Research published by the Institute for Population Health (IPH) at Weill Cornell Medicine-Qatar (WCM-Q) says that the COVID-19 pandemic demonstrates an urgent need to take public health far more seriously at both national and international levels.

The research states that in almost all countries around the world, there has been inadequate investment in public health and prevention programmes, very little public health training in medical education and chronic underinvestment in public health research. In 2017, the Organization for Economic Cooperation and Development (OECD) countries invested only 2.8% of their total health expenditure in public health.

The paper, titled ‘The single most important lesson from COVID-19 – It is time to take public health seriously’ demonstrates that investment in preventive care in high-income nations has stagnated in recent decades, despite the staggering returns of public health interventions in terms of improved life expectancy, reduced infant mortality, improved quality of life, and value for money.

The research, published in the Journal of Global Health, also notes the glaring lack of global consensus on how to implement basic health measures to contain the pandemic, a notable example being lives lost in nursing care home populations, which should have been prioritised at the onset but were not.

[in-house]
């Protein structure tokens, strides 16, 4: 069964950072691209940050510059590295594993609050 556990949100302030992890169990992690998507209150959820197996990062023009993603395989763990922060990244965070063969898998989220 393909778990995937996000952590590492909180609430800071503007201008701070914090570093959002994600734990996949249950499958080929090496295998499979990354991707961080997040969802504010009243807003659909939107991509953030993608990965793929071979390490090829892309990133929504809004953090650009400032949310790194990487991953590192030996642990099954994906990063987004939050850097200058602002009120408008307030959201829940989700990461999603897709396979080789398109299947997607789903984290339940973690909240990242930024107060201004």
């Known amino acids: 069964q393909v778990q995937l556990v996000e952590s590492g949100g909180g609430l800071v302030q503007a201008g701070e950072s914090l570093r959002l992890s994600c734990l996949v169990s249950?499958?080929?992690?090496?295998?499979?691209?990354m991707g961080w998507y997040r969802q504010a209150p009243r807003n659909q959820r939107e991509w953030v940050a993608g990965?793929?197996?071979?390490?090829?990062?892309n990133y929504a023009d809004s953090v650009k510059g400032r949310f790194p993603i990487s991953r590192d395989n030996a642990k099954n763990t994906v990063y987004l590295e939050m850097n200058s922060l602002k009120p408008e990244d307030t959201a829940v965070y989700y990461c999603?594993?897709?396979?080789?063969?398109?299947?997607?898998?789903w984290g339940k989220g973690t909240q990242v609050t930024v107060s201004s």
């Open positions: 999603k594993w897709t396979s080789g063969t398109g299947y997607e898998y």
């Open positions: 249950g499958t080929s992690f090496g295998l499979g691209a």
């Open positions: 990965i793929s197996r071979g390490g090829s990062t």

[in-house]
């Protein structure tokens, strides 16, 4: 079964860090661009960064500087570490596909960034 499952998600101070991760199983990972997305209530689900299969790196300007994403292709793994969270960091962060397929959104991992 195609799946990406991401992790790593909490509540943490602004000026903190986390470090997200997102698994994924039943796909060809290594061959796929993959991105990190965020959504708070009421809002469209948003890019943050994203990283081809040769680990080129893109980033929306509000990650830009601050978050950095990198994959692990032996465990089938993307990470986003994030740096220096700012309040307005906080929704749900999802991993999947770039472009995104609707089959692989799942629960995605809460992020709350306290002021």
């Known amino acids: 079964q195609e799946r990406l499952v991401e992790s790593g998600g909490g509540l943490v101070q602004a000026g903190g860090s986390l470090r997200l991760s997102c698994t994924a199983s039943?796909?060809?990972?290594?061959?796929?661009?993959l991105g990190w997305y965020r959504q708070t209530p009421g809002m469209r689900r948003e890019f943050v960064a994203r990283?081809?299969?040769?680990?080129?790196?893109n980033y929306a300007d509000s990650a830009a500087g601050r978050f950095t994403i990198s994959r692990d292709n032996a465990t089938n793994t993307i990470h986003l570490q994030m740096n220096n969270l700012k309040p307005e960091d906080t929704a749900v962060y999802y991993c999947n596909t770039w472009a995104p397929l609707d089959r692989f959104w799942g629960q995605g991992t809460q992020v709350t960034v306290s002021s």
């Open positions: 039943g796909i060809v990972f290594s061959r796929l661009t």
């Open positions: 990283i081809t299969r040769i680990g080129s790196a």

The authors of the study include Dr Ravinder Mamtani, Vice Dean for Student Affairs – Admissions, Population Health and Lifestyle Medicine; IPH Assistant Dean Dr Sohaila Cheema; IPH Assistant Director Dr Sathya Doraiswamy; Population Health Sciences Instructor Dr Amit Abraham; and Dr Marco Ameduri, Associate Professor of Physics and Senior Associate Dean for Pre-Medical Education and Education City Collaborative Curricular Affairs.

Inadequate study on public health

The paper analysed existing public health education and found that traditional medical curricula continue to focus heavily on medical care, with many medical schools offering inadequate study of public health or preventive health. There was also evidence of a lack of skills training in leadership, management, communication, and patient advocacy for medical students.

The paper also found that public health research efforts in high-income nations were poorly focused and lacked coordination, with many studies overlapping one another, and that less than 5% of projects had a stated outcome related to the leading risk factors for death and disability in the country in question. Furthermore, the vast majority of studies were found to be observational in nature, with very few focused on meaningful interventions.

To address these challenges, the authors call for the introduction of robust, high-quality public health education for medical students, with a strong emphasis on practical field-work and real-world experiences, along with increased investment in interventional public health programmes at national and international levels, plus a far more coordinated approach to public health research.

The research can be read in full here

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